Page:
Monday, March 5, 2012

Chapter Sixty-six

Hamilton, Bermuda
6:07 AM

Fibromyalgia reminds me how mortal I am.  I am exhausted. Pain shoots through my legs and my head is killing me. I hurt in places I don't even have.
Yet every fiber in my body was aching to kick in Walters' door and rip his spine from his worthless carcass.
The early morning air was heavy with salt.  The sun’s sliver of orange shimmered above the eastern horizon, making me wish I had sunglasses.  Yet, there we were riding in the back of a Bentley like it was just another day.
It isn’t.
Angus seemed oblivious to the exquisite details of the car. I, however, couldn't restrain myself and kept touching the burled wood inlay, the fine leather and the cashmere headliner.  This is how real money travels.  Angus wrote a note as he talked on the phone.
“Yes, thank you, Pinkey.  Yes, yes, we’ll definitely need to get that round of golf in.  And again, so sorry to wake you. We should be there in half an hour.”  He hung up the car-phone, sat back and stroked his stubbled chin.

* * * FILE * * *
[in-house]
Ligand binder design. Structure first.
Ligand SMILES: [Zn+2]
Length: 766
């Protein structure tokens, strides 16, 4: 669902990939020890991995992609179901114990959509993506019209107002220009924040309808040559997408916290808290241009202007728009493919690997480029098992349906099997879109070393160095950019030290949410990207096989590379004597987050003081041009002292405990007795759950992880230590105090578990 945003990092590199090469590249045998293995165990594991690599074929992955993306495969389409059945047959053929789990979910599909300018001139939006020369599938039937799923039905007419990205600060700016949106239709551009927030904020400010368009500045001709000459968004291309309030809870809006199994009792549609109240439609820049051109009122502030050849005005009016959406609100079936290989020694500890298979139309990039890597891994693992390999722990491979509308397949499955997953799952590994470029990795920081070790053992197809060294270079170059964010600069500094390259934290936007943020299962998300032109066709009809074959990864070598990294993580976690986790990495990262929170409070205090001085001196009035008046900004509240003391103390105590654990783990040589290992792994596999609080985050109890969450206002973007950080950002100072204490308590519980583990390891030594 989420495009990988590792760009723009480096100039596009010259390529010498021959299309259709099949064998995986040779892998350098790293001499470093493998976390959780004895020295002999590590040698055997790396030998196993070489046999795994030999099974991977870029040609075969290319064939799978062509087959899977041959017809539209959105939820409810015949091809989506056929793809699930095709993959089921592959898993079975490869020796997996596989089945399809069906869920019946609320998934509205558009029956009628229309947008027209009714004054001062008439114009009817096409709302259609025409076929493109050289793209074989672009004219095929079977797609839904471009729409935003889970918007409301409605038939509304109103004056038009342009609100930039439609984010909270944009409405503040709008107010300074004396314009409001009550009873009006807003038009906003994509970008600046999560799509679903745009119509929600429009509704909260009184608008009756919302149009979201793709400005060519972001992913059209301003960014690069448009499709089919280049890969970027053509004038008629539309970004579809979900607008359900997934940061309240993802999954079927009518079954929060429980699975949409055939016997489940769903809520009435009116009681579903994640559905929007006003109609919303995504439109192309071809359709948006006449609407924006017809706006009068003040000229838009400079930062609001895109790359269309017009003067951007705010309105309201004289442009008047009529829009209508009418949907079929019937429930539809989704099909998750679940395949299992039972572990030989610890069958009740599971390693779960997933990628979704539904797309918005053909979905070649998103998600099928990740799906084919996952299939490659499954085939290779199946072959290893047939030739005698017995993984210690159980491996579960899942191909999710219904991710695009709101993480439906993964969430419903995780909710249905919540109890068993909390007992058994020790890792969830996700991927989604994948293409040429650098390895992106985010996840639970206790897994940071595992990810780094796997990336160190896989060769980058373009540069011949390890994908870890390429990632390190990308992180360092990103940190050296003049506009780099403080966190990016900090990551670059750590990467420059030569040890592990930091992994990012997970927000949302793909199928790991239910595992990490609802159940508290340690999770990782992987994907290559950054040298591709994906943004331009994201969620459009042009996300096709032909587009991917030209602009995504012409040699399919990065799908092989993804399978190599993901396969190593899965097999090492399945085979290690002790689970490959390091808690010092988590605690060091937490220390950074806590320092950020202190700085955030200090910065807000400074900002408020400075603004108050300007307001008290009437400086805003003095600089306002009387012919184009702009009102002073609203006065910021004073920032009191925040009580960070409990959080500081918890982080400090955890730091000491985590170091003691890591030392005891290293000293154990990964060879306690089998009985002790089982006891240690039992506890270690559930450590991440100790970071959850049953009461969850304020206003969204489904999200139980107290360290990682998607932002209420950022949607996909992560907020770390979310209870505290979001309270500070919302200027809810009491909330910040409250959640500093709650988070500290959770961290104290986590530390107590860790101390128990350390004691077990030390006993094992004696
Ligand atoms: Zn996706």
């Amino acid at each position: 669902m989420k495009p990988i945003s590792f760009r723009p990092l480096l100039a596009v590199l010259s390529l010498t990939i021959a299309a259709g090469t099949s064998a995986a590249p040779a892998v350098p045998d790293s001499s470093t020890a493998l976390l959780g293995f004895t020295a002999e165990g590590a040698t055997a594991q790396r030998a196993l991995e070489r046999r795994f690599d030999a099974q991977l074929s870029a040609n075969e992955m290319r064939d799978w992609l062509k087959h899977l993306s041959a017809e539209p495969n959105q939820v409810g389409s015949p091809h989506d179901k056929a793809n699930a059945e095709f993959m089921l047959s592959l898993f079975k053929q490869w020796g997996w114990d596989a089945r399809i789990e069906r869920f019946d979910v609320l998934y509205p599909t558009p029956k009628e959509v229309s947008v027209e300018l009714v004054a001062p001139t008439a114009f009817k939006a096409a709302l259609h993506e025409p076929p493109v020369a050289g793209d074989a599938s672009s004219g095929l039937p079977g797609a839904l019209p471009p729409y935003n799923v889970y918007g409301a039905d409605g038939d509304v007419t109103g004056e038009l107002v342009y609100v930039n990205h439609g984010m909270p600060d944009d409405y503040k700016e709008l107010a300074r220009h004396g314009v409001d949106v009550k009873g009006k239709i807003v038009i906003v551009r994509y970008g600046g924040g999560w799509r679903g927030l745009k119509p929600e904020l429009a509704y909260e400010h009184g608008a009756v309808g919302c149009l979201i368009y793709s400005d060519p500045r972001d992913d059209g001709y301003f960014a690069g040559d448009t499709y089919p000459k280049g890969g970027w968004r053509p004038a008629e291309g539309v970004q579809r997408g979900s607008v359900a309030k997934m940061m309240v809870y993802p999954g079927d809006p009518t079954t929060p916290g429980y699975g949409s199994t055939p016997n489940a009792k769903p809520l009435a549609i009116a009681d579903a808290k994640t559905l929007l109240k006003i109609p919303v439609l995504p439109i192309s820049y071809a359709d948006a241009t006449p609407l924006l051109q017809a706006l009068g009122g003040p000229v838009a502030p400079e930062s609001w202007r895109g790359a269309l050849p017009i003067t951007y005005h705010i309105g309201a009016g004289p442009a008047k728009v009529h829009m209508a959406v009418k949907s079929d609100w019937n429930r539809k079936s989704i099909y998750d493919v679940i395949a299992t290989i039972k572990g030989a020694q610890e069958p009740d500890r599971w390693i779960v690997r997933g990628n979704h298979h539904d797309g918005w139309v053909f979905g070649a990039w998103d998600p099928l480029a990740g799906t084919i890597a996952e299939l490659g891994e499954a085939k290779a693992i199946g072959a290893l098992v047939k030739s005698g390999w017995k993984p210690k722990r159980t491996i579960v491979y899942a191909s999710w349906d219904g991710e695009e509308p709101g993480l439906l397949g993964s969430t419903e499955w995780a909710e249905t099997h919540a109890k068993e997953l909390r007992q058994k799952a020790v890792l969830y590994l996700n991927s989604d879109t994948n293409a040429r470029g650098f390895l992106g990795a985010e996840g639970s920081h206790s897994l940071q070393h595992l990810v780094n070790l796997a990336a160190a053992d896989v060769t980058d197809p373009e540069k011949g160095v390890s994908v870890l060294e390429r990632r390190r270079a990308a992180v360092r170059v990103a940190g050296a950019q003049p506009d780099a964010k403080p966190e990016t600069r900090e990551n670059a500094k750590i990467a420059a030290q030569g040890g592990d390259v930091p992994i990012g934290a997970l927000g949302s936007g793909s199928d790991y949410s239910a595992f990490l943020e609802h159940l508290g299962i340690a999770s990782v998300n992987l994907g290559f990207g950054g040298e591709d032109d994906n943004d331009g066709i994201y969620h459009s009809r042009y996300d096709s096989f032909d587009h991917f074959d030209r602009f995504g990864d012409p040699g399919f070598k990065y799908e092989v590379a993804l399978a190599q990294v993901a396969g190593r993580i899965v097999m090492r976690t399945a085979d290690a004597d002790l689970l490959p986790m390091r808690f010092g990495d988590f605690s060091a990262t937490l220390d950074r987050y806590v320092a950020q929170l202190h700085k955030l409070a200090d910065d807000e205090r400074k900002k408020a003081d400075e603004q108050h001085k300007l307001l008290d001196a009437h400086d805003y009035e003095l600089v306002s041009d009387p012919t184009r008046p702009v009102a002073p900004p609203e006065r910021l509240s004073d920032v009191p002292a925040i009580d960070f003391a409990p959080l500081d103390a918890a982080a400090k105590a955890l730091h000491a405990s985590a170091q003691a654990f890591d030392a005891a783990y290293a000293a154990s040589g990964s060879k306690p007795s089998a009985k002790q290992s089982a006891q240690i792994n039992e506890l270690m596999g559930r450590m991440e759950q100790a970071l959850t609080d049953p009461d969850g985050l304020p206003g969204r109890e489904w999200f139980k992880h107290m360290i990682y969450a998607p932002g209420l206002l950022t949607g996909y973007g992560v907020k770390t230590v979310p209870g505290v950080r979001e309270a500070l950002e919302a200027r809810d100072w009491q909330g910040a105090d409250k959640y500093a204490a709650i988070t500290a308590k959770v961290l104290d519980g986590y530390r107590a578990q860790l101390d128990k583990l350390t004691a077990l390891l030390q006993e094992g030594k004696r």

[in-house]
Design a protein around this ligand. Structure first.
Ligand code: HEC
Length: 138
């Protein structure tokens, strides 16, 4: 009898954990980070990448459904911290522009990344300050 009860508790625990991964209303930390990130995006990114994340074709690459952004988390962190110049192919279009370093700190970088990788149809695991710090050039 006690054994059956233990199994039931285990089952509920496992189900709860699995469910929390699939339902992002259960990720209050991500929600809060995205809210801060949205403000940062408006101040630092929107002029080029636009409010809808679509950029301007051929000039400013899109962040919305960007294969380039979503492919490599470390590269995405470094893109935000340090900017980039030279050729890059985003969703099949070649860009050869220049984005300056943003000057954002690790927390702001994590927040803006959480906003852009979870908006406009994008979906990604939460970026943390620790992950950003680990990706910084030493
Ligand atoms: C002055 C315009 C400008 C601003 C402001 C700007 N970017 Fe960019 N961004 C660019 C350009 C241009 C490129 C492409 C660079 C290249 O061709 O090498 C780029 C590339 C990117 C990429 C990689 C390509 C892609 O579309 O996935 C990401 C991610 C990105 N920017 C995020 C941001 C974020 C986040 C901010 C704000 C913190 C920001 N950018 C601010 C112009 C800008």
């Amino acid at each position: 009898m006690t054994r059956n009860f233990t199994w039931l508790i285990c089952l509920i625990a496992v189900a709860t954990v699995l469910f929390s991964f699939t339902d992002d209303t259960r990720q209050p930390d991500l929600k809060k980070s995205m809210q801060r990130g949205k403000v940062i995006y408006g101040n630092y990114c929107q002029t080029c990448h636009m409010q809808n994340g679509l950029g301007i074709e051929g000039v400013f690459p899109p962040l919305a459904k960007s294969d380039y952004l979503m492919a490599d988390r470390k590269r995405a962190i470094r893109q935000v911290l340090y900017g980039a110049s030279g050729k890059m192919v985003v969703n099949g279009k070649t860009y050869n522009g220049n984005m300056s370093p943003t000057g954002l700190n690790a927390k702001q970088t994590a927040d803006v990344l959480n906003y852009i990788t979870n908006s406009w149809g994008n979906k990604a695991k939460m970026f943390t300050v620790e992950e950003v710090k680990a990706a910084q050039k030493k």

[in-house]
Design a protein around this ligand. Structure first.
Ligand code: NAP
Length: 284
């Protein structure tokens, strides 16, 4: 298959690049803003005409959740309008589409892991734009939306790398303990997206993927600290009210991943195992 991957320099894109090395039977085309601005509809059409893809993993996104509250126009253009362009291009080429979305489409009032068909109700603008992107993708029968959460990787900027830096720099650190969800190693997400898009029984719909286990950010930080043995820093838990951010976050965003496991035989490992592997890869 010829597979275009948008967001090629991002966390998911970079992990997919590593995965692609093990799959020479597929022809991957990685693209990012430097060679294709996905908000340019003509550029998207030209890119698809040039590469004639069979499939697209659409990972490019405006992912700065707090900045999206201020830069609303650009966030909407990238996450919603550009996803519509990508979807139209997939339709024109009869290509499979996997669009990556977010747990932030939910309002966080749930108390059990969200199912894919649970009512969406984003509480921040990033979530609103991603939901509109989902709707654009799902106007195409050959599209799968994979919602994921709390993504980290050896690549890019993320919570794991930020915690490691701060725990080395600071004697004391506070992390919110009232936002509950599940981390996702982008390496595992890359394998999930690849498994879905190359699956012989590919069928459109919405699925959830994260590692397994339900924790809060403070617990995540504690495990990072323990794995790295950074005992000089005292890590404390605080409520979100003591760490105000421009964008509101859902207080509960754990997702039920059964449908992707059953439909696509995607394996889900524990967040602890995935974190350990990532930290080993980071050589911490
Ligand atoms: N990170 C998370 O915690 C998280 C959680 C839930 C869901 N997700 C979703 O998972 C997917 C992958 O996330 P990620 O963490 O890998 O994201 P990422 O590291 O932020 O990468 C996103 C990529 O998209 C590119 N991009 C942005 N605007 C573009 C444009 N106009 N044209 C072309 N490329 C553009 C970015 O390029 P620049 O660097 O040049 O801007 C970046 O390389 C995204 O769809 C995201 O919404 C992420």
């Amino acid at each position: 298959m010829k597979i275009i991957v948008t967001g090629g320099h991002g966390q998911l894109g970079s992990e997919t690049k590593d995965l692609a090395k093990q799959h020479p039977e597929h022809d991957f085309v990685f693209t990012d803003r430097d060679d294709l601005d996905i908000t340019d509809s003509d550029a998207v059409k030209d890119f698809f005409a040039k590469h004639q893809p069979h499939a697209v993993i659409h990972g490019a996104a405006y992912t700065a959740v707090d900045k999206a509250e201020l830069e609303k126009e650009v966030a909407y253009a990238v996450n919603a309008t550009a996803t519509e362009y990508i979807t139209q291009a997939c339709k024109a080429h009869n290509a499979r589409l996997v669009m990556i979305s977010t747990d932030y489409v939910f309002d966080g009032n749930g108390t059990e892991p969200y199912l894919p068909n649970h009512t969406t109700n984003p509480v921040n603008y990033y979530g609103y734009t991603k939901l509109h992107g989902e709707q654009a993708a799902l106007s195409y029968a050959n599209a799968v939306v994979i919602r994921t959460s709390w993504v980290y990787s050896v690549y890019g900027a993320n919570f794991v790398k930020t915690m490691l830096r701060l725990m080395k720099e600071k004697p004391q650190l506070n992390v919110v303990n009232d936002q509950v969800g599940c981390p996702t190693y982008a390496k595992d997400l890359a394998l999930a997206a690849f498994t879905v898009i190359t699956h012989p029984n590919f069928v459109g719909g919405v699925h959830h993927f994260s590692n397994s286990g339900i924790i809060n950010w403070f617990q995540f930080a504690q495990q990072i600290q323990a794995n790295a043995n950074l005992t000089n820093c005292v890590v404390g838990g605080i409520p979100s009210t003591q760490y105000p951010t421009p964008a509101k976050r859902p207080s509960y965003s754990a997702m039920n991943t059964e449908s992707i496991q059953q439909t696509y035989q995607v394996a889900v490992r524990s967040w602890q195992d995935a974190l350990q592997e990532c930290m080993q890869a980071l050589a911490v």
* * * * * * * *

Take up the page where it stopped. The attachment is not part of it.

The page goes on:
“Roberts, would you be so kind as to carry us to …” Angus patted his pockets, looking for the card he had just written the information on.  “Where the bloody hell did …” he stopped, held up the note card.  “Ah, yes, quite.  Roberts, please take us here.” Angus handed the note card over the seat to the driver.
He’s tired, too.
Then he looked at me.  “Roberts is very discreet, Jake.  Served with me in the regiment in Angola.”  The  driver’s head nodded in agreement.  Angus continued,  “As you heard, I asked one of my bankers – another contact from the regiment - if he knew anything about Walters.  He did not wish to say much over the telephone but I suspect Old Pinkey has his ear to the ground and will have some solid leads.”
“Yes, he puts on the Lord.”  Angus sighed as he turned to face me.  He poured tea, yet again, from a beautiful silver set nestled astride a built-in cabinet.  I’d give anything for a Big-Gulp about now.
“Pinkey came from before the mast … our way of saying he came up from the ranks.  I think he had been a petty thief and was given the choice of service or serving time.”  Angus shrugged as if it didn't matter to him.  “The man, however, has a rapier-like mind of which SAS took extreme advantage.”
Angus blew on his cup then continued.  “Much later in my career I stumbled across Pinkey at our embassy in Belize.  Saville Row suit and very different accent.”  He settled his cup onto the tray.  “MI6 had picked him up and polished him to the nines.  Nice job, too.”
“Since then I have used Pinkey as a banker on many an ‘off-shore’ transaction.”  He looked out the window at coral and turquoise estates.  With a wry smile he finished. 
“In essence, he’s still a thief.”

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